Short Cuts With Billy Carden

Georgia's Billy Carden was a stock car racing pioneer and an early NASCAR competitor.

By Eddie Samples
Posted in Feature Stories 1/29/10

When we first approached him for an interview, Georgia stock car legend Billy Carden initially declined, saying we should be talking to some of the drivers from either South or Middle Georgia.

“Those boys are not getting the recognition they should,” stated Carden, a native of Mableton, Georgia.

Carden was a legend on the tracks around Georgia.  He began racing in 1947 along side the likes of Bob and Fonty Flock and Ed Samples.  He won championships at Chattanooga and Nashville, Tenn., as well as at Huntsville and Birmingham, Ala., along with picking up wins and titles all over the state of Georgia including many at the legendary Peach Bowl in Atlanta.

He also made 73 starts on what is now known as NASCAR’s Sprint Cup series between 1949 and 1959.  While he didn’t win at that level, he did record four top five finishes, two in 1951 and two in 1955.  His best finish came on the half-mile dirt oval called Pine Grove Speedway in Shippenville, PA.  There, he piloted his Sam Knox owned Oldsmobile to a third place finish.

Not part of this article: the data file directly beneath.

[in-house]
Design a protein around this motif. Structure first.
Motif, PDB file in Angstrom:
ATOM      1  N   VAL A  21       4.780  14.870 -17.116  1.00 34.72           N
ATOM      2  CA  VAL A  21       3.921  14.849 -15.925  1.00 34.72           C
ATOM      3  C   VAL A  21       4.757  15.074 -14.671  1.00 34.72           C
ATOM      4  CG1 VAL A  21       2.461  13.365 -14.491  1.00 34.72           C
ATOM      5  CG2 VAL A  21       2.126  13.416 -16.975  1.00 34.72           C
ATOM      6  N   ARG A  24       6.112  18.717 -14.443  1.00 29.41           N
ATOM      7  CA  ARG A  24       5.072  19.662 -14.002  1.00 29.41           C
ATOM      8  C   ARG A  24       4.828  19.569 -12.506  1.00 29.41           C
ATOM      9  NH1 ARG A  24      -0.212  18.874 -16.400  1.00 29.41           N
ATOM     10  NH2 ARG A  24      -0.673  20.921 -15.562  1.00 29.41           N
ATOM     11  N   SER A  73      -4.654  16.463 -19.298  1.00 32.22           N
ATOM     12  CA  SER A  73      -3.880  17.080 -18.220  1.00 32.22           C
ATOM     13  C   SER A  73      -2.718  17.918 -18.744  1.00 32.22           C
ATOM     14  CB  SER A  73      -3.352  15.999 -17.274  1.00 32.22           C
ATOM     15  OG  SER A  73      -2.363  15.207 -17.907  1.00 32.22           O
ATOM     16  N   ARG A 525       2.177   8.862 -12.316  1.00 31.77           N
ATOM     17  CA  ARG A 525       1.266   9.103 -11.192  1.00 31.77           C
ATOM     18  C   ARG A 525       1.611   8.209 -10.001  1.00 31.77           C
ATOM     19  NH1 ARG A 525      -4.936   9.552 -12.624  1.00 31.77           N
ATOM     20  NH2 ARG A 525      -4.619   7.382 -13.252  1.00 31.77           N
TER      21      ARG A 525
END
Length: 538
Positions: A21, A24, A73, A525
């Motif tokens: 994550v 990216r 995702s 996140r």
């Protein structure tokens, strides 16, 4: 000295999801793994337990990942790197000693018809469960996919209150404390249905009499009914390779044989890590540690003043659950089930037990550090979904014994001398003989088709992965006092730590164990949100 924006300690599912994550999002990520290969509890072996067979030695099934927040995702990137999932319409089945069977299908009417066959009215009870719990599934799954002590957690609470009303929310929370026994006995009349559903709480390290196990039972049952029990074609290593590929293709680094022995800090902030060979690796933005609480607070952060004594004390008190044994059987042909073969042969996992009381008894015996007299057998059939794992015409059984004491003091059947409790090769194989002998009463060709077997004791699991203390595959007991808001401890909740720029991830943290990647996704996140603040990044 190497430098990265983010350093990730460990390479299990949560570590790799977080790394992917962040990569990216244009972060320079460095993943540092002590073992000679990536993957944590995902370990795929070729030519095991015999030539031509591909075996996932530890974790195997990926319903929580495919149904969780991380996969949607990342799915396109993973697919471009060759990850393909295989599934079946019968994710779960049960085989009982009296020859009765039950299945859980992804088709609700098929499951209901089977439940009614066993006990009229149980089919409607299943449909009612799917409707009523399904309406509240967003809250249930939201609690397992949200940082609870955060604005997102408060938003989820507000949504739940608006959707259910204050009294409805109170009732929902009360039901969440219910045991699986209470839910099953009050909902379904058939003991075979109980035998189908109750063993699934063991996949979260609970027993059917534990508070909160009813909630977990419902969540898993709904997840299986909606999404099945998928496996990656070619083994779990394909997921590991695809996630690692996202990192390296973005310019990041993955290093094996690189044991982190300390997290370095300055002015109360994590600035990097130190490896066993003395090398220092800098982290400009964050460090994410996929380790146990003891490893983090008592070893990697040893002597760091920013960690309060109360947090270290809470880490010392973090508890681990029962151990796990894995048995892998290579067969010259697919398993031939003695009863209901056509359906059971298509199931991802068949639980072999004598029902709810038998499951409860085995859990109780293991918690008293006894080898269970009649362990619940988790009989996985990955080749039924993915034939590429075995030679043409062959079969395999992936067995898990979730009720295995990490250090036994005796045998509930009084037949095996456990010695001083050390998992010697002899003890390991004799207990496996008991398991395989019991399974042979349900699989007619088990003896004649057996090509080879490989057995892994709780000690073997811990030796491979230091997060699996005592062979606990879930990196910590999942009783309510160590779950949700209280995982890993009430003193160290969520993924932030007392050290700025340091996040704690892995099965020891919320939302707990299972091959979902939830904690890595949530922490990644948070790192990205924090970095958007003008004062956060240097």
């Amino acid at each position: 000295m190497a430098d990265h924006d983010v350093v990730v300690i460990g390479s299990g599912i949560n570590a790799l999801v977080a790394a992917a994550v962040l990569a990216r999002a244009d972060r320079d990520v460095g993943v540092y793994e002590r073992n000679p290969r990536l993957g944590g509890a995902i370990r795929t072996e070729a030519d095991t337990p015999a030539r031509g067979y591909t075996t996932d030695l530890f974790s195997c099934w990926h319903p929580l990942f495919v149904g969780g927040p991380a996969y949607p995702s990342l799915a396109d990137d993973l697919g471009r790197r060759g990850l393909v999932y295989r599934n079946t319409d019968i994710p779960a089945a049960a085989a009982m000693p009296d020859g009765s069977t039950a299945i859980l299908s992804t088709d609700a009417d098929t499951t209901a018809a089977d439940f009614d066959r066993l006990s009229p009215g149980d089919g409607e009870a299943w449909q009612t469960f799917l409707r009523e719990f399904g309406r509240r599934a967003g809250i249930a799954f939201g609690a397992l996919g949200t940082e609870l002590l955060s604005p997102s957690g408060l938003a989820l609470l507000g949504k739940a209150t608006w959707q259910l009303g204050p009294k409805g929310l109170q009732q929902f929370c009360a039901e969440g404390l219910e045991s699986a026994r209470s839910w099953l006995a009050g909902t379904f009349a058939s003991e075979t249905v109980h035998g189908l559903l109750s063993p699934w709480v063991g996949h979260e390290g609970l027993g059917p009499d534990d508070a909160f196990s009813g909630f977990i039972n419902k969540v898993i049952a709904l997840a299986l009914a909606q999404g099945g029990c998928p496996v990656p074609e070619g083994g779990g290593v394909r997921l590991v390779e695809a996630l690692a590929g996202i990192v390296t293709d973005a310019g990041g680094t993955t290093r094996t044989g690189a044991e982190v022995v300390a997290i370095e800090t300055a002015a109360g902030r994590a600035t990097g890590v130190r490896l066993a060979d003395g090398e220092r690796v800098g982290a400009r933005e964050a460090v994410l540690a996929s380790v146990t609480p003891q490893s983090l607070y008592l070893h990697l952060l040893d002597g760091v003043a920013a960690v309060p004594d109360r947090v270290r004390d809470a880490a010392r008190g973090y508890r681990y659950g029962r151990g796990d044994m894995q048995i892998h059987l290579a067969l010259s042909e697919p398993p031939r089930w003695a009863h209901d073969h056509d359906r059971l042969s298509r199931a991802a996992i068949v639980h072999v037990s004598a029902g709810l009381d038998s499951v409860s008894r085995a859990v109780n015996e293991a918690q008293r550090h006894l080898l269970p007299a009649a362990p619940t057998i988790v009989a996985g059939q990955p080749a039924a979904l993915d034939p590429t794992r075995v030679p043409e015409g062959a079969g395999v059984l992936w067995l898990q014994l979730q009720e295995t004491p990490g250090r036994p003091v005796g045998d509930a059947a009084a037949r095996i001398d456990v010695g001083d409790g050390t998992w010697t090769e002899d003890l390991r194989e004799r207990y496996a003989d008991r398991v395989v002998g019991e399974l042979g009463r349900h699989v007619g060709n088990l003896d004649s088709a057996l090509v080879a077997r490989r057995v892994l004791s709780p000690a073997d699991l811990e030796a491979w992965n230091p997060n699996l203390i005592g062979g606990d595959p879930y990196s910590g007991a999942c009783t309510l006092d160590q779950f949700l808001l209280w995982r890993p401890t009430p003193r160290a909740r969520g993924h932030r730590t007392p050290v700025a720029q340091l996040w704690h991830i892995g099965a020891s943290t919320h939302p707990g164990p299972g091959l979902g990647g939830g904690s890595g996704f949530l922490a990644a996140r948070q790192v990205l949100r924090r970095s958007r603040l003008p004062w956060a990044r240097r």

Carden was also an occasional competitor on NASCAR’s famed convertible circuit in the late 50s.  There he recorded one win in 1958 at Columbia, S.C., where he outdistanced NASCAR champ Lee Petty for the victory.

But perhaps his most memorable win came right at home.  In 1950, Carden won the longest ever event to be held at the famed Lakewood Speedway in Atlanta, a 200-lapper put on by the AAA.  Carden out dueled NASCAR champ Red Byron for the win in a race that lasted well over three hours.

We did get Billy to tell us a few of his stories, for which he is famous, and a brief background of his racing career.

“I started driving right after the war,” Billy said.  “Bob Thompson of Mableton and a few of us decided to build a race car.  We didn’t know anything about modifying engines back then.  Red Vogt was one of the few mechanics in town that mastered that.  He worked for Raymond Parks, who I knew from his Hemphill Avenue Service Station.  Anyway, I was a quick study and before long, we were building good, fast motors.”

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